I didn’t do much at all to be truthful.
And of course, there’s the perspective of age too.
I guess I’ll never be able to sort out how much I was changed by age and how much I was just changed by “stuff.”
It morphed together at one point and I suspect I’ll never know.
When I became a participant in my travels, a participant in my life really, I allowed myself to be open, to be curious, and to be unafraid.
And then the magic began to happen.
I began to be changed by the moments.
They became a permanent and organic living part of my life, and they left their imprint on me.
Traveling at a most vulnerable time, I was afraid.
I was afraid of everything back then.
It seemed life had betrayed me, fooled me.
And then finally I surrendered. I was willing to change my way of viewing the world.
And that’s when my wanderings began to matter.
I had begun to explore.
That’s when I started to notice I came home changed and often empowered.
I brought home more than I left.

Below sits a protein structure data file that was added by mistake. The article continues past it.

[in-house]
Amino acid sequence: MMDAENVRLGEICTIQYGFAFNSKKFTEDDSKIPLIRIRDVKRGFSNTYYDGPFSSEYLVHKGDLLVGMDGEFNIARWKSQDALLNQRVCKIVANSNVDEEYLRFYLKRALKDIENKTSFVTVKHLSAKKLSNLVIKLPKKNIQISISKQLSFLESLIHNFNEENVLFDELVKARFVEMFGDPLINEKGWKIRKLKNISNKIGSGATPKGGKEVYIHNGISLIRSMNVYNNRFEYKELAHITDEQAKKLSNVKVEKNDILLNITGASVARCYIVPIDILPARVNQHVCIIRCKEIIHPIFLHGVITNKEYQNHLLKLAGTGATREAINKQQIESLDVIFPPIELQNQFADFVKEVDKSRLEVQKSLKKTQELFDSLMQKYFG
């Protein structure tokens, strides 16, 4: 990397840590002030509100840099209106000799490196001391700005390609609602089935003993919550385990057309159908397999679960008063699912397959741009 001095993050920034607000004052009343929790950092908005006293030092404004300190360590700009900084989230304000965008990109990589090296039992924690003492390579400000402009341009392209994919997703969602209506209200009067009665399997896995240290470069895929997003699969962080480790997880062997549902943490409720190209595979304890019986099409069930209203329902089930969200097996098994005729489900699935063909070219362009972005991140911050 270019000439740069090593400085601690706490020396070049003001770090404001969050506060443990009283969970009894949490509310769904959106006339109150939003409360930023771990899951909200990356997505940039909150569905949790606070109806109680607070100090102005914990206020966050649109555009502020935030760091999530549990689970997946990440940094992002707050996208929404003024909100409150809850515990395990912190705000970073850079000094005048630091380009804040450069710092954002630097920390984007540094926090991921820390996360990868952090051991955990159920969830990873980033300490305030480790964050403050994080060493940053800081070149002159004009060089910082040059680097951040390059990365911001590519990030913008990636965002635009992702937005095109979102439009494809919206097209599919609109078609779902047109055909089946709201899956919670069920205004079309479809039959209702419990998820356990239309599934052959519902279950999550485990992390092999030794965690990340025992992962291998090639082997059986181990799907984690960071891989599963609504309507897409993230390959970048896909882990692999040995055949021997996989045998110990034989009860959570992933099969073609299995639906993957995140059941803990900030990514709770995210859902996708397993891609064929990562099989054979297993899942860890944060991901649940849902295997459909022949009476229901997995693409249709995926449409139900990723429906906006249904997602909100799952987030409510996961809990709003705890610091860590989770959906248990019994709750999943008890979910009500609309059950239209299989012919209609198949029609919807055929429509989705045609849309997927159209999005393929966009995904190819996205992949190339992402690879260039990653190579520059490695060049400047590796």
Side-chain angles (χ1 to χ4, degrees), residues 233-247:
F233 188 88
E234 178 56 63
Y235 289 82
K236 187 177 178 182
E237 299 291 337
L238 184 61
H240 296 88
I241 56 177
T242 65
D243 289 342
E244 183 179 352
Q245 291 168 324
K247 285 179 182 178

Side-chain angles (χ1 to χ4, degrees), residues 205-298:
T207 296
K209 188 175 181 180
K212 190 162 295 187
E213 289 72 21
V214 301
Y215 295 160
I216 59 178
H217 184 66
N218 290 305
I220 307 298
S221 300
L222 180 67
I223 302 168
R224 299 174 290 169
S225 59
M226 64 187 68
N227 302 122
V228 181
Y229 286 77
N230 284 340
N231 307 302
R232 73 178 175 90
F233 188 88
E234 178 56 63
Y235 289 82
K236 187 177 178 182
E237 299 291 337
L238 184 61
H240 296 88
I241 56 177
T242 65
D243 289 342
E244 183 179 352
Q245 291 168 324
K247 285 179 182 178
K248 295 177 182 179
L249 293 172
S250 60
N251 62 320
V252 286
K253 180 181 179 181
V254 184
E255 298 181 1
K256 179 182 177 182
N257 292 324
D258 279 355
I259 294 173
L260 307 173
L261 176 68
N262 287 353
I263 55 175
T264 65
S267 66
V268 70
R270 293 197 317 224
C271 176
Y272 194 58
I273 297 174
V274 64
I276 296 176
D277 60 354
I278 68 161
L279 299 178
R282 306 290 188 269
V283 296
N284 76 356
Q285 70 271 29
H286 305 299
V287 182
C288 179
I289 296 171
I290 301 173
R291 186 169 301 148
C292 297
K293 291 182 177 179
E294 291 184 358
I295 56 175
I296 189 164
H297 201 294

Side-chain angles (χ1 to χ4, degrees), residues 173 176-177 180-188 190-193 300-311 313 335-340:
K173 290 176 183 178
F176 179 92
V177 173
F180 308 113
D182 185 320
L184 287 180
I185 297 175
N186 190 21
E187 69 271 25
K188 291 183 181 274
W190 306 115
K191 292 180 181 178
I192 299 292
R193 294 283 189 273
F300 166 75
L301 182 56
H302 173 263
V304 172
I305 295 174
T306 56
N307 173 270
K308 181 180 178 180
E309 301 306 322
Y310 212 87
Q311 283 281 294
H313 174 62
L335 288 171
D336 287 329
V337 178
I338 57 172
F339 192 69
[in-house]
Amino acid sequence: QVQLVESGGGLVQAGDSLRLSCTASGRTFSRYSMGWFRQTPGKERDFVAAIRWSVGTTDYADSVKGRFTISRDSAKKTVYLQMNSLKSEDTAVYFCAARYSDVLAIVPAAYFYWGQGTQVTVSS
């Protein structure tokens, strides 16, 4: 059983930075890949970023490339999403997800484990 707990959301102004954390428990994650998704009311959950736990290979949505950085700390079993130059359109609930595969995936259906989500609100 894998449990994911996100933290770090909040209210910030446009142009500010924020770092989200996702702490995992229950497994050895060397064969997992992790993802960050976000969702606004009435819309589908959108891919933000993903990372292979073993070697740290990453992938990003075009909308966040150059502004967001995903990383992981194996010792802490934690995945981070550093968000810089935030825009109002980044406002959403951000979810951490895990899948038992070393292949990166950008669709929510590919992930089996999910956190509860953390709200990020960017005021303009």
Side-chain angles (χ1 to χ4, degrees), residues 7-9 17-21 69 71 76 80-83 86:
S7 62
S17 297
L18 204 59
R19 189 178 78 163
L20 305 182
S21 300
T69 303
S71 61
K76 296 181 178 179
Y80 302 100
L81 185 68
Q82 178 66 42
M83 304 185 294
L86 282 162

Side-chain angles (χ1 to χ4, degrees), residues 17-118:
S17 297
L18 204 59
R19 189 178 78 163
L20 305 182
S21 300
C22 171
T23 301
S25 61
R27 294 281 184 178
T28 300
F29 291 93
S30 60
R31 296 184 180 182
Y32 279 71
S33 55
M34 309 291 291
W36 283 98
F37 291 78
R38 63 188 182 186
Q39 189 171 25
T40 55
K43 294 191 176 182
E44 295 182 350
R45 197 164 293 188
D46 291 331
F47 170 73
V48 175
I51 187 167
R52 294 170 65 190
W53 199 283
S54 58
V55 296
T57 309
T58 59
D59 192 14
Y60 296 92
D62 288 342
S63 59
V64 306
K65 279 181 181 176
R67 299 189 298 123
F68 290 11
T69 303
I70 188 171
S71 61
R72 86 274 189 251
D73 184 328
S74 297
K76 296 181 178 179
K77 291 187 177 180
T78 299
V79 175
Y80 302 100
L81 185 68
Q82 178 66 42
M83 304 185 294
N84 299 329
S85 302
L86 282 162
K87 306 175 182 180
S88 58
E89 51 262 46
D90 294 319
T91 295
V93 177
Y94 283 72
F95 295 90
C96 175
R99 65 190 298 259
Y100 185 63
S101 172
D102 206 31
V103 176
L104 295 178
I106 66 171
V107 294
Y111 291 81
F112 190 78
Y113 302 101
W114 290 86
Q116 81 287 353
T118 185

I was transformed.
And then I found out it’s a thing.
Yes, transformational travel is a thing.
“ The journey changes you; it should change you. It leaves marks on our memory, on your consciousness, on your heart and on your body. You take something with you, and hopefully you leave something behind.” Anthony Bourdain
What is Transformational Travel?
Remember experiential travel? The call a few years back for “authentic experiences,” connecting with locals, experiencing the destination up close and personal.
Well, it turns out experiential travel is ‘so yesterday.’
One step beyond experiential travel is transformational travel.
The big difference?
It calls for a more mindful experience that leaves a long lasting effect on us.
It changes us by leaving us with a new perspective, a new awareness, a new world view and it leaves its mark on us forever.
The Transformational Travel Council, newly formed in 2016 is committed to launching transformational travel (TT) as “the next great movement in travel.”
Their mantras: “Intention, Engagement, Mindfulness, Reflection and Action. “
Their mission is sharing stories to help travelers create their own life-changing travel experiences, and helping the travel trade design those experiences.
Sometimes the moments are big, and you know it when they’re happening.
Sometimes those transformational moments are big, and you know it when it’s happening.